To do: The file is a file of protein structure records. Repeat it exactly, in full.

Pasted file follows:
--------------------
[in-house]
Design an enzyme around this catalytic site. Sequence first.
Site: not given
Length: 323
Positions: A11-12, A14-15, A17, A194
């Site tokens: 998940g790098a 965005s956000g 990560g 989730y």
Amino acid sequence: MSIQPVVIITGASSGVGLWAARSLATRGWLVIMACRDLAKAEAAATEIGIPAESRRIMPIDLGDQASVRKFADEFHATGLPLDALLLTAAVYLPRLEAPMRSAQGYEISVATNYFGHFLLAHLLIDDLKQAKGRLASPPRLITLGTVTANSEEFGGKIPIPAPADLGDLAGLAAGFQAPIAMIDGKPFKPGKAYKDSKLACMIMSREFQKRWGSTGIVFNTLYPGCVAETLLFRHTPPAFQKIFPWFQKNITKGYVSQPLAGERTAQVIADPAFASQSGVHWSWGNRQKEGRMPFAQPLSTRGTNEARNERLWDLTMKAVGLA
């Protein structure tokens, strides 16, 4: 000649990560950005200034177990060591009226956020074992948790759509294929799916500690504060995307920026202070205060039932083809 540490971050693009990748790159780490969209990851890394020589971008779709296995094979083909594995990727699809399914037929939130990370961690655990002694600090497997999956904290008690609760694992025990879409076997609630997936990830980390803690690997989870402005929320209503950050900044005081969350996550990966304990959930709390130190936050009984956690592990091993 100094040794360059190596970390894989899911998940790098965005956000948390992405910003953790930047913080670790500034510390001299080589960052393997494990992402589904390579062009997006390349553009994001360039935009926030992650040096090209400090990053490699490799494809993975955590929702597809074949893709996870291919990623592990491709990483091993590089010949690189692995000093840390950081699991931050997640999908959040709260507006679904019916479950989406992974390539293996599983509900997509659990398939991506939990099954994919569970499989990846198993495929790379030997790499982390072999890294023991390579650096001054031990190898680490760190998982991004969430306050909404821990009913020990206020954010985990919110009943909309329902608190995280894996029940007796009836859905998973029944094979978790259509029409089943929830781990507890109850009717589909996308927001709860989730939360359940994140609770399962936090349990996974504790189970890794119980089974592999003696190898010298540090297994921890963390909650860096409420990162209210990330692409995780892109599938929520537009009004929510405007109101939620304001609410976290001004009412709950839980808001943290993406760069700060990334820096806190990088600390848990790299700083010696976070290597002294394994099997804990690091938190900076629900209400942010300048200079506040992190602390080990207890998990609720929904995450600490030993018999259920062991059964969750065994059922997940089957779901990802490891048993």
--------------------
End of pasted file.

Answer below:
[in-house]
Design an enzyme around this catalytic site. Sequence first.
Site: not given
Length: 323
Positions: A11-12, A14-15, A17, A194
């Site tokens: 998940g790098a 965005s956000g 990560g 989730y």
Amino acid sequence: MSIQPVVIITGASSGVGLWAARSLATRGWLVIMACRDLAKAEAAATEIGIPAESRRIMPIDLGDQASVRKFADEFHATGLPLDALLLTAAVYLPRLEAPMRSAQGYEISVATNYFGHFLLAHLLIDDLKQAKGRLASPPRLITLGTVTANSEEFGGKIPIPAPADLGDLAGLAAGFQAPIAMIDGKPFKPGKAYKDSKLACMIMSREFQKRWGSTGIVFNTLYPGCVAETLLFRHTPPAFQKIFPWFQKNITKGYVSQPLAGERTAQVIADPAFASQSGVHWSWGNRQKEGRMPFAQPLSTRGTNEARNERLWDLTMKAVGLA
């Protein structure tokens, strides 16, 4: 000649990560950005200034177990060591009226956020074992948790759509294929799916500690504060995307920026202070205060039932083809 540490971050693009990748790159780490969209990851890394020589971008779709296995094979083909594995990727699809399914037929939130990370961690655990002694600090497997999956904290008690609760694992025990879409076997609630997936990830980390803690690997989870402005929320209503950050900044005081969350996550990966304990959930709390130190936050009984956690592990091993 100094040794360059190596970390894989899911998940790098965005956000948390992405910003953790930047913080670790500034510390001299080589960052393997494990992402589904390579062009997006390349553009994001360039935009926030992650040096090209400090990053490699490799494809993975955590929702597809074949893709996870291919990623592990491709990483091993590089010949690189692995000093840390950081699991931050997640999908959040709260507006679904019916479950989406992974390539293996599983509900997509659990398939991506939990099954994919569970499989990846198993495929790379030997790499982390072999890294023991390579650096001054031990190898680490760190998982991004969430306050909404821990009913020990206020954010985990919110009943909309329902608190995280894996029940007796009836859905998973029944094979978790259509029409089943929830781990507890109850009717589909996308927001709860989730939360359940994140609770399962936090349990996974504790189970890794119980089974592999003696190898010298540090297994921890963390909650860096409420990162209210990330692409995780892109599938929520537009009004929510405007109101939620304001609410976290001004009412709950839980808001943290993406760069700060990334820096806190990088600390848990790299700083010696976070290597002294394994099997804990690091938190900076629900209400942010300048200079506040992190602390080990207890998990609720929904995450600490030993018999259920062991059964969750065994059922997940089957779901990802490891048993």